WorkSiteRight on a Proactive Healthcare Approach to Manufacturing
By Chad Henriksen at EHS Today
An employer’s approach to healthcare benefits remains ever-changing as competition for skilled and dedicated workers is tight. Many question what employee health and wellness in the manufacturing industry will look like in a post-COVID world. Some constants remain: potential hazards on the job, skyrocketing healthcare costs, and missed hours as a result of on-the-job injuries.
The U.S. Bureau of Labor Statistics ranks manufacturing as the third most dangerous occupation for workers based on the number of non-fatal injuries. An industry often known for its generous benefits packages given the kind of work that is expected of employees, manufacturing has the opportunity to uplevel common employee healthcare offerings as we learn more about the long-term effects this line of work has on the human body.
Workers who engage in highly repetitive motions, heavy lifting, persistent walking, or standing for hours at a time are at risk for severe injuries over long periods of time. The impact is often short- and long-term recovery days off for employees, which is why human resources and safety managers at manufacturers are turning to a more proactive approach for employee health.
Recently, Solar Plastics, a subsidiary of Atek Companies, wanted to reduce repetitive motion injuries and OSHA injury rates. After researching available options, the company realized it needed an on-site healthcare program. Working with a third-party firm, Solar Plastics implemented a program that would offer the services needed to attract top talent, including ergonomic and chiropractic care.
On-site clinics have become more than a health benefit; they also lead to positive health outcomes and help to decrease medical expenses for the company and employee.
On-site clinics come in several forms and include complementary and integrative healthcare such as chiropractic, massage, educational and motivational services, and workstation assessments. There is no out-of-pocket cost to the employees and the clinics are available during working hours. These services result in reduced stress, improved mental and physical well-being, and empower employees to take ownership of their health.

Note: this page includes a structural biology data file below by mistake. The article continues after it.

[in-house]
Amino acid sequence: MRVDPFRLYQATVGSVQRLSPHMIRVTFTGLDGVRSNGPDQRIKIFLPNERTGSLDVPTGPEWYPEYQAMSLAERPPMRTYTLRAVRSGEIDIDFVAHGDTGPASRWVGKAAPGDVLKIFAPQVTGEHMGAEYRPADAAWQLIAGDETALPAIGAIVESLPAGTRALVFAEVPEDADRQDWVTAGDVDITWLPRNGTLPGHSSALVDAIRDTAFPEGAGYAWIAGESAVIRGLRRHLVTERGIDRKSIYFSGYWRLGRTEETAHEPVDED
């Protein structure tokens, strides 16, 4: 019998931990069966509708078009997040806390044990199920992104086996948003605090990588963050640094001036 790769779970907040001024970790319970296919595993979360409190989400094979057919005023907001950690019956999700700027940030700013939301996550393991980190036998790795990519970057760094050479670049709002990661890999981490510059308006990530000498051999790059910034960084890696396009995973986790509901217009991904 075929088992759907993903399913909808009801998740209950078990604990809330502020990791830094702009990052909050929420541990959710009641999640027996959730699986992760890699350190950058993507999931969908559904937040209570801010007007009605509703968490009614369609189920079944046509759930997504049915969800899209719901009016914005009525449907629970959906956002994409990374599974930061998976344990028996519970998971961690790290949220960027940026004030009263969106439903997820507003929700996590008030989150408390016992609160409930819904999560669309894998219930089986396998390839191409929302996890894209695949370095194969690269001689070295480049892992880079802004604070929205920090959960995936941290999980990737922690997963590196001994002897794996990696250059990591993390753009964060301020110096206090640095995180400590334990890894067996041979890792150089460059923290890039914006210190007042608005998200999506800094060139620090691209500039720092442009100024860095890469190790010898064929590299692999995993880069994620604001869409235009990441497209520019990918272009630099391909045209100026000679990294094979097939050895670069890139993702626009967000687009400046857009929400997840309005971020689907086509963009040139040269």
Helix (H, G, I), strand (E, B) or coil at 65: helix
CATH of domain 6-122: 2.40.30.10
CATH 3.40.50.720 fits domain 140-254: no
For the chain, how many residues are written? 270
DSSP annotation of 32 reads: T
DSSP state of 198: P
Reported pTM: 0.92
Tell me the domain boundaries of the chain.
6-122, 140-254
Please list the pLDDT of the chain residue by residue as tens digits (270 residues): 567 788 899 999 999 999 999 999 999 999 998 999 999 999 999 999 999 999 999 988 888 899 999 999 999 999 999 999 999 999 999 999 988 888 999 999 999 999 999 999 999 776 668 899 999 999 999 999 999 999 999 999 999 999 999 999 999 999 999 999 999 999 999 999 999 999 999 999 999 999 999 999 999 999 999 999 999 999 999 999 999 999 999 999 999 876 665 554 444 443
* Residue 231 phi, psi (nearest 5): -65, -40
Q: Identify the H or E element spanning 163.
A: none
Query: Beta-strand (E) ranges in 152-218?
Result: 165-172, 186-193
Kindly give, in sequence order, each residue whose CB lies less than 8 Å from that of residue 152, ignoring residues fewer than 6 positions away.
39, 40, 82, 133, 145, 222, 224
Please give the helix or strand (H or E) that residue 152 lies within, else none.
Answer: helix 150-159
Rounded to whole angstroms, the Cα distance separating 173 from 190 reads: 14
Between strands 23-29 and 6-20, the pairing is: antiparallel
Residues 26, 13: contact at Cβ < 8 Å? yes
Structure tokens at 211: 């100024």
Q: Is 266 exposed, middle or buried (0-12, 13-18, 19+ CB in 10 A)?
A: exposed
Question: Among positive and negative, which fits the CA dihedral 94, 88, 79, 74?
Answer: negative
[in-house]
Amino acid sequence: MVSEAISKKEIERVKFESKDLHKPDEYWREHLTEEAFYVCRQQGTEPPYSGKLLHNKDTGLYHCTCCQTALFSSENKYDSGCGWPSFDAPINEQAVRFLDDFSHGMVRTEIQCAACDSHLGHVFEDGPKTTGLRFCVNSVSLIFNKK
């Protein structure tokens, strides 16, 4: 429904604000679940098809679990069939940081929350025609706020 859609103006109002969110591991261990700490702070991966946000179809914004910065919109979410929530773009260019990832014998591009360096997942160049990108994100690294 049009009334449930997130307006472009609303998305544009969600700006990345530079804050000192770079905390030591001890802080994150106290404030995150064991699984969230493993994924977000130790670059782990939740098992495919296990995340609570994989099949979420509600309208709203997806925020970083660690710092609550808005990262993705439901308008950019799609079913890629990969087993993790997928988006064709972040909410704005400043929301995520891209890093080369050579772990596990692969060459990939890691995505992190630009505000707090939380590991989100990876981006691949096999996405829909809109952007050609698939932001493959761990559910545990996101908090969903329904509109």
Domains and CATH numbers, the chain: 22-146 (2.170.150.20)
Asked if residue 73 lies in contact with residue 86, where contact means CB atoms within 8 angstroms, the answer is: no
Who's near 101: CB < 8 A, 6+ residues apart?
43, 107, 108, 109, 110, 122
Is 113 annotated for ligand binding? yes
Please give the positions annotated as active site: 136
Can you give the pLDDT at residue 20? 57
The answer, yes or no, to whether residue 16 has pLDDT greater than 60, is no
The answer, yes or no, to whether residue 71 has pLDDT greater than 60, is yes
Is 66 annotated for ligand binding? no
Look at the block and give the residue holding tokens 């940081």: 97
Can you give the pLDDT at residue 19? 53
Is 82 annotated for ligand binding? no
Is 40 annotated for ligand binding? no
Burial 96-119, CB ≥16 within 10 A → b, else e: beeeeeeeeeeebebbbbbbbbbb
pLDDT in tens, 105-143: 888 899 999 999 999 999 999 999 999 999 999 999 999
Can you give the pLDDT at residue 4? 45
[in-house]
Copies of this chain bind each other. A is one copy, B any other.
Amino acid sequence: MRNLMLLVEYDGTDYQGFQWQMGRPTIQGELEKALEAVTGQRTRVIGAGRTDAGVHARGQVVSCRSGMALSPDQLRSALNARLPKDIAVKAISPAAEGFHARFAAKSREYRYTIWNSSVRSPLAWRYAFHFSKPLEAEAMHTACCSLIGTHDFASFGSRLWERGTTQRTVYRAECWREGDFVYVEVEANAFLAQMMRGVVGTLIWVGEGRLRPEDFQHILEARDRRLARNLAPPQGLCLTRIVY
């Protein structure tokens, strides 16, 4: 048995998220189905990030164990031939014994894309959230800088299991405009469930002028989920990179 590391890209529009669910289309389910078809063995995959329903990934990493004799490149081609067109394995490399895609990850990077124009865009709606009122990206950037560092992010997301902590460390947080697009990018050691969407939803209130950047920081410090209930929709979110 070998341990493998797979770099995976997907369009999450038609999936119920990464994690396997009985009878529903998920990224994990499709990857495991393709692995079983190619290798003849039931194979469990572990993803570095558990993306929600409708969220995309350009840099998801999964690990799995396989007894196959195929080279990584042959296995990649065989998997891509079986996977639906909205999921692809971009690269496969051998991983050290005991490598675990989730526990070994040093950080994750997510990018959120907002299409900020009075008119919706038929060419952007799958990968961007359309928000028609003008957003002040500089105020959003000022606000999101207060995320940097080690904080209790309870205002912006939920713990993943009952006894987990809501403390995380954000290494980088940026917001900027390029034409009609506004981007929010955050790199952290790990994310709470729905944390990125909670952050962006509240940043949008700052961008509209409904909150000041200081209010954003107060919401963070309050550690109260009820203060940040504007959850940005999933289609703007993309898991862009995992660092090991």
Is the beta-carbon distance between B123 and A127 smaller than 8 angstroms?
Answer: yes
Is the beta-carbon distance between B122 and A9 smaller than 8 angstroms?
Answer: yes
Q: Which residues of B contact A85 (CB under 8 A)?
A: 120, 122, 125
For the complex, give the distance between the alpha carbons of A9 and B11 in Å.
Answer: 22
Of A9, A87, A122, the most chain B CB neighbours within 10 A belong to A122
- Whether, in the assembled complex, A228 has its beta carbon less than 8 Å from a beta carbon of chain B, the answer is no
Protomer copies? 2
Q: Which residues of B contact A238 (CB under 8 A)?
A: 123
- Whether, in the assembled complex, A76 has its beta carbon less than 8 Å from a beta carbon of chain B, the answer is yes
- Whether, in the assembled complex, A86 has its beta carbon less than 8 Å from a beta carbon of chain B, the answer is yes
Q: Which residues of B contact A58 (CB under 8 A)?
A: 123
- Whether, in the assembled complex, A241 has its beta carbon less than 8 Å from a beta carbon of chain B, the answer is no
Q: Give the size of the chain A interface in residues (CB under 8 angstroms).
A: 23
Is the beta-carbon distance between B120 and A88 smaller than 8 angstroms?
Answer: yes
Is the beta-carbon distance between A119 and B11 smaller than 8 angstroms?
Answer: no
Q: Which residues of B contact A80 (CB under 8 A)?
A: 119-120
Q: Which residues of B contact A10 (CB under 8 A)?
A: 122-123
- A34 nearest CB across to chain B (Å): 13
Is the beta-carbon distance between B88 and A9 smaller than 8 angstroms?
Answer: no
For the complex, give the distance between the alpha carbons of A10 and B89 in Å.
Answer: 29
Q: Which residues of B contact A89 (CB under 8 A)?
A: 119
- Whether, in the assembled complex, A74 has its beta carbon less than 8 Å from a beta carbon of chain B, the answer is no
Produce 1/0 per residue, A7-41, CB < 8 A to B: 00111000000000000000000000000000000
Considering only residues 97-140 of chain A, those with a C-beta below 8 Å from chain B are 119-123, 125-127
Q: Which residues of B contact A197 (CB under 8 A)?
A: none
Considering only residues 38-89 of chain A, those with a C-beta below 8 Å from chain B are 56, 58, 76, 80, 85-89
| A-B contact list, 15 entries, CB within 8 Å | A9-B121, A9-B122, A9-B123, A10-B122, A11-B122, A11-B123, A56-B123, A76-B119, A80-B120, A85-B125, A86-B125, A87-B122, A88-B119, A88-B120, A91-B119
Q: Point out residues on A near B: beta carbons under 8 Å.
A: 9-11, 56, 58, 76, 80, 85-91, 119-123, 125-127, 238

While the costs of investments for employee health and wellness are typically regarded as overhead, there are three long-term positive impacts on the workplace companies should consider.
Reduced Healthcare Costs and Injuries
With on-site care, a chiropractor can help identify, educate and correct improper movements or lifting in the work setting. And practitioners can pinpoint other potential risks or underlying symptoms before the problem occurs or becomes more severe. For example, correcting biomechanics while lifting heavy objects is a lot easier and less costly than back surgery.
Proactively treating potential injuries will decrease time off work, medical expenses, and more. Some on-site clinics have experienced up to a $4 cost savings for every $1 invested in on-site care; others have benefited from a significant reduction in workplace injuries after implementation.
Reduced Absenteeism or Presenteeism
Unengaged employees cost the U.S. between hundreds of billions of dollars per year in lost productivity, but experts say health benefits can move the needle by reducing burnout, stress and underlying health conditions. By proactively addressing these concerns and promoting wellness, employees will be less distracted, which will minimize the amount of life-altering accidents that occur far too frequently in the manufacturing industry. Chiropractic and other complementary care models can reduce the impact of those annoyances and can positively impact employees’ mental health.
Reduced Drug Dependency
By focusing on prevention and early intervention, clinicians can address health issues before addictive and often expensive prescription drugs are needed. Chiropractic treatment might be the appropriate first option for drug-free and non-invasive back and general neuro-musculoskeletal pain management. Research has shown that prescribing opioids excessively and too early after a workplace injury can lead to additional risks for both the worker and employer. Addressing stress and pain early on provides necessary care for workers while eliminating potentially harmful behaviors and increasing their focus and ability to work.
While initially an expense, on-site care clinics are a direct investment in employees. Programs are adaptable for businesses and employee headcounts of all sizes. This model of care is likely to become more prevalent in the industry and incorporated by both large and small businesses.
Chad Henriksen, DC, is director of WorkSiteRight at Northwestern Health Sciences University.